Among the 15 strongest domestic major metropolitan migration gainers, 12 were in the South, with three in the West (Phoenix, Tucson, and Las Vegas). As in population growth, Austin (2.3%) led in net domestic migration. Raleigh and Jacksonville gained 1.9%, followed by Phoenix at 1.8% and Tampa-St. Petersburg. San Antonio gained 1.3% and Charlotte gained 1.2% in net domestic migration. Tucson gained 1.0%. Each of these metros have had a recent history of strong domestic migration gains, with the exception of Tucson, which after small gains and losses, has experienced increases from 2016 to 2021.
Dallas-Fort Worth, Las Vegas, Oklahoma City, Nashville, Riverside-San Bernardino, Tulsa, and Richmond rounded out the top 15 (Figure 3).
The largest net domestic migration numeric gains over the 15-month period were in Phoenix (87,000), Dallas-Fort Worth (69,000) and Austin (53,000).
The six metros with the largest domestic migration losses were San Jose and San Francisco (-2.9%), New York (-2.2%), Los Angeles and Honolulu (-1.7%) and Chicago (-1.3%), Washington (-1.2%) as well as Boston and Miami (-1.1%). The balance of the 15 metros losing the largest percentage in domestic migration included New Orleans, San Diego Seattle, Milwaukee, Detroit, and Minneapolis-St. Paul. Seattle is particularly significant, as a leading exporter of residents, after its strong attraction of domestic migrants during the 2010s (Figure 4).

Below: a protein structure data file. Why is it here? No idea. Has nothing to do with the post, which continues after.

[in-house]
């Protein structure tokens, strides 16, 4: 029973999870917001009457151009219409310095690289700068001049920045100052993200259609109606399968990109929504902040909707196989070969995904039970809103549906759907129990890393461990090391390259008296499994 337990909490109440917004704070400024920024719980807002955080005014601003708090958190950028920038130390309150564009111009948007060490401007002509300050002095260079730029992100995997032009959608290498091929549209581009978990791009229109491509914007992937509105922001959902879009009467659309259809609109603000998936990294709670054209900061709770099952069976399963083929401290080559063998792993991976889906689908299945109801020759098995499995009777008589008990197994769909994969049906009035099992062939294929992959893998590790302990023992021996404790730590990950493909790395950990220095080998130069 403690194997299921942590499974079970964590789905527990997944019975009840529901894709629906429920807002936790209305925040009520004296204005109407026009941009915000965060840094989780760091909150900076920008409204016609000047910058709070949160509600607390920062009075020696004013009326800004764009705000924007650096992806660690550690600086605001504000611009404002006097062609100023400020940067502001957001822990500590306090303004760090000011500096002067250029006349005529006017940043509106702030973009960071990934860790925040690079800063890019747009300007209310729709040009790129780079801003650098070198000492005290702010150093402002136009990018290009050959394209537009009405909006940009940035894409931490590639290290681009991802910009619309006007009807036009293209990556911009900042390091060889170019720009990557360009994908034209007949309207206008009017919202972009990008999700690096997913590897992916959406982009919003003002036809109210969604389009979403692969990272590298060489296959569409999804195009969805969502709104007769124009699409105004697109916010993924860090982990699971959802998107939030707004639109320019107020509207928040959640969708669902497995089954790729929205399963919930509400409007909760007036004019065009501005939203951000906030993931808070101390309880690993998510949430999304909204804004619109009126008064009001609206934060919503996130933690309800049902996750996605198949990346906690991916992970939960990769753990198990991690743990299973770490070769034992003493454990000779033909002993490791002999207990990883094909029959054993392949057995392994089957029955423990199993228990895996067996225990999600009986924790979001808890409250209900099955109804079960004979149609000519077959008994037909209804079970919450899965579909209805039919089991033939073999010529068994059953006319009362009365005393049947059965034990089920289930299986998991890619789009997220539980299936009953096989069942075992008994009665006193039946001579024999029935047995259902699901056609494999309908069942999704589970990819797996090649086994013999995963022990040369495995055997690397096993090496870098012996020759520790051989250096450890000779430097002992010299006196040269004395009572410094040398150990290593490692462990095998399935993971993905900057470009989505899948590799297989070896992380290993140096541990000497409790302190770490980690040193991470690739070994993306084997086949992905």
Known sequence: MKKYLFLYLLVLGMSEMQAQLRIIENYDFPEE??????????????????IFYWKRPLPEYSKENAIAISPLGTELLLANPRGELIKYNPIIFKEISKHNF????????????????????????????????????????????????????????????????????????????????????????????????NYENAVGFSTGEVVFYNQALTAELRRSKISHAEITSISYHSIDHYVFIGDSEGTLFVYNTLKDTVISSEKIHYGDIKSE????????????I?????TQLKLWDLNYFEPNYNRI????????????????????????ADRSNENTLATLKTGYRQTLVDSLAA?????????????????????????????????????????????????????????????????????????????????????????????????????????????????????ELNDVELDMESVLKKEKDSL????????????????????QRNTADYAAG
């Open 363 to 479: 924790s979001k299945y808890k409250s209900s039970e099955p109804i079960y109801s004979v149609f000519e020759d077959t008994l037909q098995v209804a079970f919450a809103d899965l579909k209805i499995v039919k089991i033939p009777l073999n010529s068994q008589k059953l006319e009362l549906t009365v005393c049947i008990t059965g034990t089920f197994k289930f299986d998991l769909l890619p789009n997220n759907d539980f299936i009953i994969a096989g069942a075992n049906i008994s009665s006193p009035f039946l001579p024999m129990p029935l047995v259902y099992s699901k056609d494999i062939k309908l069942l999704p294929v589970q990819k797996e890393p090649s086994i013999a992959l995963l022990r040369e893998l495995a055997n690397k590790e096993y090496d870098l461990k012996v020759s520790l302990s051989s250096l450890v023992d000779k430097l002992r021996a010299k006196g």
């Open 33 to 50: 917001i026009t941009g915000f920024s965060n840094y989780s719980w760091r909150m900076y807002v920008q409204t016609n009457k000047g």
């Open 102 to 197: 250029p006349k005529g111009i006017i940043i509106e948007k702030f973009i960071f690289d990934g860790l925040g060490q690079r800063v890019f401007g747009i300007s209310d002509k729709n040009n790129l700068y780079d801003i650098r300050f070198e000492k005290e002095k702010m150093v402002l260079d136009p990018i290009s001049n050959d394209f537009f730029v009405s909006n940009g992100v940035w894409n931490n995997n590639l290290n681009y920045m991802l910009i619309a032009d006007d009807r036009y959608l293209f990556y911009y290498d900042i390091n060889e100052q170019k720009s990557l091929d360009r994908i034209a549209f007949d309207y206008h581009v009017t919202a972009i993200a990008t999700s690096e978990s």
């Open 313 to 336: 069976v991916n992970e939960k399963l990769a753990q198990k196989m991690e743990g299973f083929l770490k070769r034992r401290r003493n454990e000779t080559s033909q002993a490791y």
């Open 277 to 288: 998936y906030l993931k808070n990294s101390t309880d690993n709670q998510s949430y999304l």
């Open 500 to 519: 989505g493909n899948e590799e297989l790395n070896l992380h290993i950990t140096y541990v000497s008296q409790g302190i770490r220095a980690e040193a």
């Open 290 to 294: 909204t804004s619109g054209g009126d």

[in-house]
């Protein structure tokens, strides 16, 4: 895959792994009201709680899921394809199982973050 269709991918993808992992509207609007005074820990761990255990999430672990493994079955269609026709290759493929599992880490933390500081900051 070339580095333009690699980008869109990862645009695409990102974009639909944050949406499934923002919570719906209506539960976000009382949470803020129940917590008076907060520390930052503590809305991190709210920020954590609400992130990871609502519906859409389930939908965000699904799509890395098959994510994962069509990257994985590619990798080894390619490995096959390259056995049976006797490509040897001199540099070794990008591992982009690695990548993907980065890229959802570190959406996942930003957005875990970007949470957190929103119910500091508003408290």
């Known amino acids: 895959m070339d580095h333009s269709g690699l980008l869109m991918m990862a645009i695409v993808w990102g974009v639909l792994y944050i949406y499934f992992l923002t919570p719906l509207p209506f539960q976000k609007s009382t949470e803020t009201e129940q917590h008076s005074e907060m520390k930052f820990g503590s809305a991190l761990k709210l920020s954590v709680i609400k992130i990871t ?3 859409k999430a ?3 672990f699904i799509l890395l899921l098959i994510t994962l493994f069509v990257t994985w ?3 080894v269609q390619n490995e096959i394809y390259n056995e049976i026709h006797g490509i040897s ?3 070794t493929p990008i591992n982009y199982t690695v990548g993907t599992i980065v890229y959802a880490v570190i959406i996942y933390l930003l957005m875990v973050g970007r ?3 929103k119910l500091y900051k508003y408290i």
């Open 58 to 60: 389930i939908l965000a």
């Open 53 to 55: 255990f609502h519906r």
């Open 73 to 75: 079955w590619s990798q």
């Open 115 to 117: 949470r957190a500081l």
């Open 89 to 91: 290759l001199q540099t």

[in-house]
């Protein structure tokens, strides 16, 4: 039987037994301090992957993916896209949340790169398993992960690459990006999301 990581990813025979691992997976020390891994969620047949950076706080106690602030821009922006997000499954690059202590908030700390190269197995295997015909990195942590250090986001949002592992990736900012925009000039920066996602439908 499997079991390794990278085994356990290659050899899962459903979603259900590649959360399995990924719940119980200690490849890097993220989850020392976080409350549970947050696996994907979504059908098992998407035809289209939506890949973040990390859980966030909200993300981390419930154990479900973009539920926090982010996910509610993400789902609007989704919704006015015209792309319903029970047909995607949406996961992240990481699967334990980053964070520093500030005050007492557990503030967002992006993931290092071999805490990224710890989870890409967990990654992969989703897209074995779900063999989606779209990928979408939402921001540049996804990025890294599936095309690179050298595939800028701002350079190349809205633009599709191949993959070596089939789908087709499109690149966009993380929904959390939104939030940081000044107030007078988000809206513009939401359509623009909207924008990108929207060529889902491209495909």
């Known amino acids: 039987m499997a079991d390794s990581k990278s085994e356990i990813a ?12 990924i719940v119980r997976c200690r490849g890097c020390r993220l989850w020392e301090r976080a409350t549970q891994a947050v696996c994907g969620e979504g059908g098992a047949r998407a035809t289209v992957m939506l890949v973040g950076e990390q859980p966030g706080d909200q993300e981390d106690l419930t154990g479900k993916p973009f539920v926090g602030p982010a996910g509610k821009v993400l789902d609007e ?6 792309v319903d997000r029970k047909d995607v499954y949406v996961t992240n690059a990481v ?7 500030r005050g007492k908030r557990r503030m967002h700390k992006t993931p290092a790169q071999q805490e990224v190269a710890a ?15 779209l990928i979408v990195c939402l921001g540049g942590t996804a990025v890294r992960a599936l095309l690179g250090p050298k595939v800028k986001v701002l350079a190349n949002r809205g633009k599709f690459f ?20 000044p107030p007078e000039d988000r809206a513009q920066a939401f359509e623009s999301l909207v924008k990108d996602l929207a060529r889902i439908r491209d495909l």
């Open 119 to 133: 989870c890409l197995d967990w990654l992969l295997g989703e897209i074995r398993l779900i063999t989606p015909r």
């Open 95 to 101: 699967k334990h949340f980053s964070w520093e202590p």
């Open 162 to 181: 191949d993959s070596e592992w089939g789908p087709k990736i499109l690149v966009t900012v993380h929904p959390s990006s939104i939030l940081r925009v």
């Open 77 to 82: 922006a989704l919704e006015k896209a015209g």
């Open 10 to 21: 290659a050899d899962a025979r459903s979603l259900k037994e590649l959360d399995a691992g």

The largest numeric domestic migration losses were in New York (-443,000), Los Angeles (-238,000) and San Francisco (-142,000).
Among the major metropolitan areas, the data further reveals (Table ):
- Riverside-San Bernardino became the nation’s 12th largest metropolitan area, displacing San Francisco, fell to 13th largest. Riverside-San Bernardino becomes California’s second largest metropolitan area and San Francisco California’s third largest.
- Phoenix enters the top ten among metropolitan areas, having passed Boston. It seems likely that Boston would have ever fallen out of the top ten, for the first time since the initial 1790 US Census.
- Honolulu, which reached 1,000,000 just last year, suffered a large loss, dropping its population down to 1,001,000, and would drop below that figure if losses continue.
- There were signs of life in the Midwest’s “Flyover Country.” Despite the negative trends around the country, Columbus, OH, Indianapolis, IN and Kansas City, MO-KS each posted small gains in both population and net domestic migration.
- Like Seattle, Portland lost both population and domestic migrants, after a long run of gains.